I could go on and on with great praise for THE THIEVES, but what's the use? It's the kind of picture that you're either going to see or you're not (many will pass on it solely because it's a foreign release, and they don't know what a delight they're missing). So let me say this: it's a heist picture - a very clever one scripted by Dong-Hoon Choi (as the director) and Lee Gi-Cheol - all built around an ensemble of ten of the most gifted Eastern actors working in cinema today. The U.S. already did this kind of thing (recently) with the OCEAN'S ELEVEN franchise - which had a solid first outing - so THIEVES is, bit by bit, much of the same, but, to my tastes, it's far more witty and inventive due to the fact that there are several overlapping stories at work here. There are crosses and double-crosses, all with a back story involving three of the main characters, and it's an utter joy seeing how it comes together in the grand finish. Suffice it to say, it probably won't be the way audiences predicted; and there's just enough opening left in the conclusion to leave room for a follow-up should all of the players be interested.
Lastly, I'd be remiss if I didn't mention that THIEVES presently holds the title of the single highest grossing film in Korean history, an honor not all that surprising to this reviewer; it's precisely the kind of crowd-pleasing film audiences flock to again and again. Also, it won the award for Best Supporting Actress (Hae-suk Kim) and was nominated for Best Director (Dong-Hoon Choi) at the 2012 Grand Bell Awards; it won the Audience Award for the Best Narrative Feature at the 2012 Hawaii International Film Festival; and it was nominated for Best Cinematographer, Best Editor, and two Best Supporting Actresses (Gianna Jun AND Hae-suk Kim) at the 2013 Asian Film Awards. So, yes, it's that entertaining!
THE THIEVES is produced by CJ Venture Investment, KM Culture Co., Michigan Venture Capital, and Showbox/Mediaplex. DVD distribution (stateside) is being handled through the ever-reliable Well Go USA. As for the technical specifications, I watched this on Blu-ray, and it's perfect: the sound is crisp and well-balanced (sometimes an issue with foreign imports), and the images - colors and visuals - are stunning. Plus, there's some magnificently nifty camerawork throughout; no expense was spared in getting this ensemble caper to look good on the silver screen. For the record, this is a Korean language film with English-subtitles (no dubbing, though there are a few scenes spoken in English). As for the special features, please allow me to jump up on my soapbox and complain (once more) than you just couldn't put enough tidbits on here to make me happy; sadly, there are only two - a all-too-brief `making of' short and an even shorter `Meet the Thieves' infomercial - along with the theatrical trailer. Needed more - I know it's difficult - but it needed more.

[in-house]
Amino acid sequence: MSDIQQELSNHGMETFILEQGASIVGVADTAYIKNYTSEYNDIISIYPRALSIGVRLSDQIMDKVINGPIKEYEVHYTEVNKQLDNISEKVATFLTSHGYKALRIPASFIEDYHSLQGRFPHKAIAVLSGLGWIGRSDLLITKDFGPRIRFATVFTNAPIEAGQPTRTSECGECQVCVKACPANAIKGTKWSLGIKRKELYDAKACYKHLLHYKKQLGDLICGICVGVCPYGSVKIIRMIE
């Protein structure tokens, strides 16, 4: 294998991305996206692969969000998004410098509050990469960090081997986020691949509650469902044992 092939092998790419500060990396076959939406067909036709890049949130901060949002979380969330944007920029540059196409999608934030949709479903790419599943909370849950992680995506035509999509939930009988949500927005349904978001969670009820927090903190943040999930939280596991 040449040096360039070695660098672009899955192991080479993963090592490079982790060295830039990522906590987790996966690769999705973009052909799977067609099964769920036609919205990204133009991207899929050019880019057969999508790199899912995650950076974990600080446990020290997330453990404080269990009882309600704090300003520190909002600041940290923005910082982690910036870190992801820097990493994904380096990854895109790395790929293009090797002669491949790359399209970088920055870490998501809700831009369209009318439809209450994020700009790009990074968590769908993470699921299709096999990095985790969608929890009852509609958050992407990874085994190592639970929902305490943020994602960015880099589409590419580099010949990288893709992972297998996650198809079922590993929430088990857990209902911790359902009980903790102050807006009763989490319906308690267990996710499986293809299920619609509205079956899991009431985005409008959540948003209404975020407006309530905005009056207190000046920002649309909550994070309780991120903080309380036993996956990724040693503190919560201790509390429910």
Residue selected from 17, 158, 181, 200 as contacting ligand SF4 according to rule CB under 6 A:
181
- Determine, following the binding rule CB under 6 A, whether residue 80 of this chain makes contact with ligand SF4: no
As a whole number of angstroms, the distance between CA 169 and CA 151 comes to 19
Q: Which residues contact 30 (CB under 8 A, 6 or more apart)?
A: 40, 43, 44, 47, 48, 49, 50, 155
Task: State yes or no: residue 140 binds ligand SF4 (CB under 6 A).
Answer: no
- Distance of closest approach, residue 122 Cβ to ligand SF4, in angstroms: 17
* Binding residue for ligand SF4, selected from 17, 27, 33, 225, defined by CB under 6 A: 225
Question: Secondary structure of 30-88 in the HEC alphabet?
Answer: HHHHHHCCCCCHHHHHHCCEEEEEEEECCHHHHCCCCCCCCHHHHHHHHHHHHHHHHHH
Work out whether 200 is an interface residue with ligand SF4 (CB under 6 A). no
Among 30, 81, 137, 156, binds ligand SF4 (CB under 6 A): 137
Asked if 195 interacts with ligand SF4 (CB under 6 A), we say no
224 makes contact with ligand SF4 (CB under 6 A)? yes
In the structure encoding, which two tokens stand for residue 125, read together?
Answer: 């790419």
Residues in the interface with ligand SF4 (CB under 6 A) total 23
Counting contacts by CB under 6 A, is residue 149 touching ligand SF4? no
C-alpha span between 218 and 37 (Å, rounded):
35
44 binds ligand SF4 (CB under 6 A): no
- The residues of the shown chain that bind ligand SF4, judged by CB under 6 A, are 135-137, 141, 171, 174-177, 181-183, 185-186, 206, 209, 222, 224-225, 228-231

HIGHEST RECOMMENDATION POSSIBLE. Let me say this: there are a few comedic bits that, apparently, don't translate all that well in THE THIEVES. After all, comedy is so very culturally driven, and, in the translation, some of the comic visuals and the dialogue don't work as well as it should for Western audiences (try telling a joke and then butchering the punchline, and you'll get what I mean). Otherwise, THIEVES is an unmitigated home run, the kind of which will probably get an Americanized remake in about five or ten years that'll be far less charming than the original. Rent it now. See it now. You'll be glad you did.
In the interests of fairness, I'm pleased to disclose that the fine folks at Well Go USA provided me with an advance DVD screener of THE THIEVES for the expressed purposes of completing this review ... and I'm forever indebted to them for making me aware that such a fun piece of unrelenting action came this way from distant shores.
The second highest grossing Korean film in Korean box office history, "Dodookdeul" (The Thieves) will be released on Blu-ray and DVD in Feb. 2013 courtesy of Well Go USA Entertainment
Directed by Dong-Hoon Choi ("Whoochi", "Tazza: The High Rollers" and "The Big Swindle") and co written by Choi and Lee Gi-Cheol, the film is known for its all-star cast from Korea and other Asian countries.
The film stars Jeon Ji-hyun/Gianna Jun ("My Sassy Girl", "Il: Mare", "Blood: The Last Vampire", "Windstruck"), Hae-suk Kim ("Wonderful Radio, "Sunflower", "Open City"), Hye-su Kim ("3 Extremes II", "The Red Shoes", "Tazza: The High Rollers"), Soo Hyun Kim, Yun-seok Kim ("The Yellow Sea", "The Chaser", "Woochi"), Angelica Lee ("The Eye", "Re-Cycle", "The Drummer", "20 30 40″), Jung-Jae Lee ("Il Mare", "The Housemaid", "Typhoon", "Sunaebo"), Dal-su Oh ("Oldboy", "The Host", "Thirst", "The Good, the Bad , the Weird"), Kwok Cheung Tsang ("Once a Gangster", "Dream Home") and Simon Yam ("Ip Man", "Ip Man 2″, "Election", "PTU").